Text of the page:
Missouri and Ozarks History

Information and comments about historical people and events of the Ozarks region and surrounding area.

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I'm a freelance writer specializing in the history of the Ozarks and surrounding region. I've written fifteen nonfiction books, two historical novels, and numerous articles. My latest books are Bushwhacker Belles, Wicked Women of Missouri, and Yanked Into Eternity: Lynchings and Hangings in Missouri.

Friday, April 9, 2010

Hudspeth-Watkins Murder Case

The Andrew Hudspeth-George Watkins murder case that occurred in Marion County, Arkansas, in the late 1880s is one of the most interesting in the history of the Ozarks. The families of the two men were living together on the same farm west of Yellville, and apparently the intimate living arrangements proved too much temptation for Hudspeth and Watkins's wife. One day Hudspeth and Watkins came to Yellville together in Watkins's wagon, and that night Hudspeth came home alone driving the wagon. After the disappearance came to light, Rebecca Watkins admitted that she and Hudspeth were lovers, that they had plotted her husband's murder together, and that she was sure Andy had carried it out, although she wasn't present at the time and didn't know what he had done with the body. Much of her story was supported by the testimony of her and George's eleven-year-old son.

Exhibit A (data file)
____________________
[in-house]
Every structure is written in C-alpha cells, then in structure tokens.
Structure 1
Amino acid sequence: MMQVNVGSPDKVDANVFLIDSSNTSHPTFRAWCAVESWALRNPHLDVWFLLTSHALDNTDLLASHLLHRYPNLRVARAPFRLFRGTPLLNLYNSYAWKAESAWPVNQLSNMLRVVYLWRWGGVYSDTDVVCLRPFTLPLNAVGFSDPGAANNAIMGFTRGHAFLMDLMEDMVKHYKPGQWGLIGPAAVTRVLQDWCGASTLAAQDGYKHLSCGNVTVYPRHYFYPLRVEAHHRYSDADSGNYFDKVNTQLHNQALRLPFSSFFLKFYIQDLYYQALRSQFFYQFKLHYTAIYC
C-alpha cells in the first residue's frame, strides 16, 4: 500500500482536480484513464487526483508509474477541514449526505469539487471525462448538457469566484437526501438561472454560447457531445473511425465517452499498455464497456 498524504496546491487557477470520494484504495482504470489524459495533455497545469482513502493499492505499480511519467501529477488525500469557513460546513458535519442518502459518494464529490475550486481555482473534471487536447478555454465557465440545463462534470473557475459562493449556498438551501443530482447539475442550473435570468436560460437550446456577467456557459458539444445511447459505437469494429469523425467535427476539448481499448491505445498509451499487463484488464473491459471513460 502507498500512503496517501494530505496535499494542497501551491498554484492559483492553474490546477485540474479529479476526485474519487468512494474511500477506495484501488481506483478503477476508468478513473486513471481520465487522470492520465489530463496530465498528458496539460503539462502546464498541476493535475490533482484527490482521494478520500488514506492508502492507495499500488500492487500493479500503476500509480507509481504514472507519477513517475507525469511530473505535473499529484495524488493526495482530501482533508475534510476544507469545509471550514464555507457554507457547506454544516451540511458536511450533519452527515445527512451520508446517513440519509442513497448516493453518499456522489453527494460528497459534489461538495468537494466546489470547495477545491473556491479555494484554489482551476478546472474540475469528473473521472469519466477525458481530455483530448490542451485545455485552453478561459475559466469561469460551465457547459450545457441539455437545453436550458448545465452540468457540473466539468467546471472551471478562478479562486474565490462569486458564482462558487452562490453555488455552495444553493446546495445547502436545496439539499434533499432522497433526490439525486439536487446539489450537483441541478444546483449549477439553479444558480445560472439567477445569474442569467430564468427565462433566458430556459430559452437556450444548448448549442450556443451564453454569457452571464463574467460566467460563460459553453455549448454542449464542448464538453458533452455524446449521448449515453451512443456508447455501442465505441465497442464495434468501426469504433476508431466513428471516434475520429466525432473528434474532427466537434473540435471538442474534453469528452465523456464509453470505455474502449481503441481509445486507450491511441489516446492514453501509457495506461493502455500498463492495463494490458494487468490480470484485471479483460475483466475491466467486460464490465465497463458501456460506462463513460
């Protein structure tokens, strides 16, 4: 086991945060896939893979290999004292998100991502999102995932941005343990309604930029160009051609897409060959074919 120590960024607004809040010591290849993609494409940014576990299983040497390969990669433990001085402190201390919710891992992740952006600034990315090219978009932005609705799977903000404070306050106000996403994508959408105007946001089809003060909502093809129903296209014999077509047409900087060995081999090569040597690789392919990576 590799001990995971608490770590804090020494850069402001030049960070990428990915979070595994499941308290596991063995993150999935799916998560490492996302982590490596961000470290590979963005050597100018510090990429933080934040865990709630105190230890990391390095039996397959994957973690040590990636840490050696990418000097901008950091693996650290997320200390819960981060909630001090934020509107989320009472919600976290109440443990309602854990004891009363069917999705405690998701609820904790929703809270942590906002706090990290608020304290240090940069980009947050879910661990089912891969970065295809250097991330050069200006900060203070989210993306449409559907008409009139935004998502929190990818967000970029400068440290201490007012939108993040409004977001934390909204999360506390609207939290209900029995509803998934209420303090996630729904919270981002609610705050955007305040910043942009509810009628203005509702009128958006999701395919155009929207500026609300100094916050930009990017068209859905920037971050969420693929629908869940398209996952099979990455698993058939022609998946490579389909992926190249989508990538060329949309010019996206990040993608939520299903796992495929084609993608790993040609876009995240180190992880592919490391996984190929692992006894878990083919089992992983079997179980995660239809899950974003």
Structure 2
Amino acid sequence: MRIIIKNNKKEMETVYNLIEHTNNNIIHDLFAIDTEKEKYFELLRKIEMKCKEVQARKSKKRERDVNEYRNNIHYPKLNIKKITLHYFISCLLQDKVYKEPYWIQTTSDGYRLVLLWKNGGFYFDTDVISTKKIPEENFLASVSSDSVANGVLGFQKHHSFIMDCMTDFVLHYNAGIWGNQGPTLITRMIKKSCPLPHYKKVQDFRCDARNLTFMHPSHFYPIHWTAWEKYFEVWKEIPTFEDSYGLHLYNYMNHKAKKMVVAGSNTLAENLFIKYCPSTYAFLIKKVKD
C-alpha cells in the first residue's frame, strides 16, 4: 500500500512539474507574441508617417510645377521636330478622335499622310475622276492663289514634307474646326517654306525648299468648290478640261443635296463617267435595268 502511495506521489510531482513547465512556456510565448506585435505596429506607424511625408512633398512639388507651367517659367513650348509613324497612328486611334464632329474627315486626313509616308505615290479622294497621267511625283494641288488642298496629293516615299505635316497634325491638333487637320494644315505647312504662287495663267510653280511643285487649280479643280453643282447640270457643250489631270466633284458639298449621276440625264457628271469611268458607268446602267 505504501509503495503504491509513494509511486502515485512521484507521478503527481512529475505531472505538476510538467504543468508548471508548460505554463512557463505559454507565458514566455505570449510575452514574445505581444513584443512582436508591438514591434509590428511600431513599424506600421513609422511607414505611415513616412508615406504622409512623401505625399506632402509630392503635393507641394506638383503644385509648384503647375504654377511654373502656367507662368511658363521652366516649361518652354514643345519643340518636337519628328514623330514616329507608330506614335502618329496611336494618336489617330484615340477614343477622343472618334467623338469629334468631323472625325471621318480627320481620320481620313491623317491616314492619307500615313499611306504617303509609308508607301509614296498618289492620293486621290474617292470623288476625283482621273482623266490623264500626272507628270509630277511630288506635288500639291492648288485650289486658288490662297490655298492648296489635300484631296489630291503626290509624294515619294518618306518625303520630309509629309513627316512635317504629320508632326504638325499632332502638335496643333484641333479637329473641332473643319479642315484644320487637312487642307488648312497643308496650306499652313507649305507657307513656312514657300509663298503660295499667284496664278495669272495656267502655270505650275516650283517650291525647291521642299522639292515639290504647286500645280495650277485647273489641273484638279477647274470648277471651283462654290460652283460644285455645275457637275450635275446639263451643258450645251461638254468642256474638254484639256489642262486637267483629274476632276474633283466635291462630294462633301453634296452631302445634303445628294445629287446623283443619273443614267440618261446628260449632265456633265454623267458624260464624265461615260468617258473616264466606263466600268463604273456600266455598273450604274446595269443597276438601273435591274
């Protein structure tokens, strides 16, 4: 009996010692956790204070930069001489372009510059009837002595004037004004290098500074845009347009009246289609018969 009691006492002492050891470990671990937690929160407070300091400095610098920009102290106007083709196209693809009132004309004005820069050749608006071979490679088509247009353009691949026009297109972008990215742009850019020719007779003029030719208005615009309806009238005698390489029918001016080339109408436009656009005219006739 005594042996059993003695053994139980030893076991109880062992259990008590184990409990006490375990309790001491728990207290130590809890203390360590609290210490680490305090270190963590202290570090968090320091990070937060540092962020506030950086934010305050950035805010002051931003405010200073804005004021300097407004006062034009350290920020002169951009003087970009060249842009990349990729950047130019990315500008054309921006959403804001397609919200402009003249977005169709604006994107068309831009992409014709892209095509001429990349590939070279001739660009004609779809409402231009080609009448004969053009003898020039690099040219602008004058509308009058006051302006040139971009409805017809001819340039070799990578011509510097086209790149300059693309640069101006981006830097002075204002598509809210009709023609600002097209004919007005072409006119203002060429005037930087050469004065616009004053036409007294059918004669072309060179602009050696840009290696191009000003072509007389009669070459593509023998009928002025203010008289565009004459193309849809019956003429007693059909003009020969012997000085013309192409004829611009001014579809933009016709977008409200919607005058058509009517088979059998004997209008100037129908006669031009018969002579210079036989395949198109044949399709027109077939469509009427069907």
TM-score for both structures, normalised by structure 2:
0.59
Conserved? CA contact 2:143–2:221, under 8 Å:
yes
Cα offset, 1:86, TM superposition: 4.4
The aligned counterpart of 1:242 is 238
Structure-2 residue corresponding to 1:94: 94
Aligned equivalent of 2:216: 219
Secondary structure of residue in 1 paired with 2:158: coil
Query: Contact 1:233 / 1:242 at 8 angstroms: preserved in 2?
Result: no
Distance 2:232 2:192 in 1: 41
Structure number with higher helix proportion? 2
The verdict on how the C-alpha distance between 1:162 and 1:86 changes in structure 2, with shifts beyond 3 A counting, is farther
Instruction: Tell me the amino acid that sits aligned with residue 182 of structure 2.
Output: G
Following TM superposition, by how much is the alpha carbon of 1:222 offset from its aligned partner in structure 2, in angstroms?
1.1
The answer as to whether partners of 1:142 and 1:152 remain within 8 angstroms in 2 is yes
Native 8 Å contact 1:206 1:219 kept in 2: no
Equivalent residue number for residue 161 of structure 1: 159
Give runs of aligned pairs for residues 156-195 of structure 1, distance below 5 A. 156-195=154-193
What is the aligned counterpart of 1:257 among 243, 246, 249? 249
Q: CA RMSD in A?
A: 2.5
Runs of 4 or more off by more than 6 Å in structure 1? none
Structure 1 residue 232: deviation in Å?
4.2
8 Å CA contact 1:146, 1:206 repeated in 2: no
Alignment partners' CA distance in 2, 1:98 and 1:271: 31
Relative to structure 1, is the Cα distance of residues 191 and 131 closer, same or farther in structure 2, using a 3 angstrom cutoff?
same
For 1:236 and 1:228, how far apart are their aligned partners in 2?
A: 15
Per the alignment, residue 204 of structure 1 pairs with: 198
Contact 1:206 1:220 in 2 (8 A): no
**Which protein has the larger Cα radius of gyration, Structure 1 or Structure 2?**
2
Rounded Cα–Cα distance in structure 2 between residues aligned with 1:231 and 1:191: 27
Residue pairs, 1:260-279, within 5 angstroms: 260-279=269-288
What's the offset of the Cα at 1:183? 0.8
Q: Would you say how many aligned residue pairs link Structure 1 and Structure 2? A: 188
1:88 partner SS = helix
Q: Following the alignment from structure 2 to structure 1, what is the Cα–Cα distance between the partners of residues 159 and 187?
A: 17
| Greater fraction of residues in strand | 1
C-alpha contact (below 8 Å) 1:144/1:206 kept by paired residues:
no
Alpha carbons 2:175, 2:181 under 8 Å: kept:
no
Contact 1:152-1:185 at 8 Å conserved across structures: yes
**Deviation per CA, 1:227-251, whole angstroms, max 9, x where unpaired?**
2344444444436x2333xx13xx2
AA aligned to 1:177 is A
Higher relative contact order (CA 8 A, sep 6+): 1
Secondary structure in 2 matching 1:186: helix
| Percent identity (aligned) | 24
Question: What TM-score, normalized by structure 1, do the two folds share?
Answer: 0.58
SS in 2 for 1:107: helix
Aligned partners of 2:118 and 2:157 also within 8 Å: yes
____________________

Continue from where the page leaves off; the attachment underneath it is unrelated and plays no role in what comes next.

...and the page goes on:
Andy Hudspeth was convicted of the murder, and, after considerable delay caused by his escape from jail and by numerous appeals on his behalf, he was eventually hanged in late 1892. In the meantime, Rebecca, awaiting indictment on a charge of being an accessory to the crime, died while in custody. The case took a strange twist in the summer of 1893 when George Watkins was supposedly found alive living on a farm in Kansas. The report was soon followed by a second story claiming the first one was a hoax, but the idea that George Watkins was found alive after Andy Hudspeth was executed for his murder is repeated as gospel even today on certain websites dedicated to exposing abuse in the American justice system. Obviously, if the story were true, it would be an extreme miscarriage of justice, but there is considerable evidence to suggest that Hudspeth did, in fact, kill George Watkins. The same websites that claim George Watkins was found alive after Hudspeth was executed also give Hudspeth's name as Charles Hudspeth. His name was Andrew J. Hudspeth. Failure to get the name of one of the principal characters right is, in and of itself, reason enough to distrust the rest of their version of the story.

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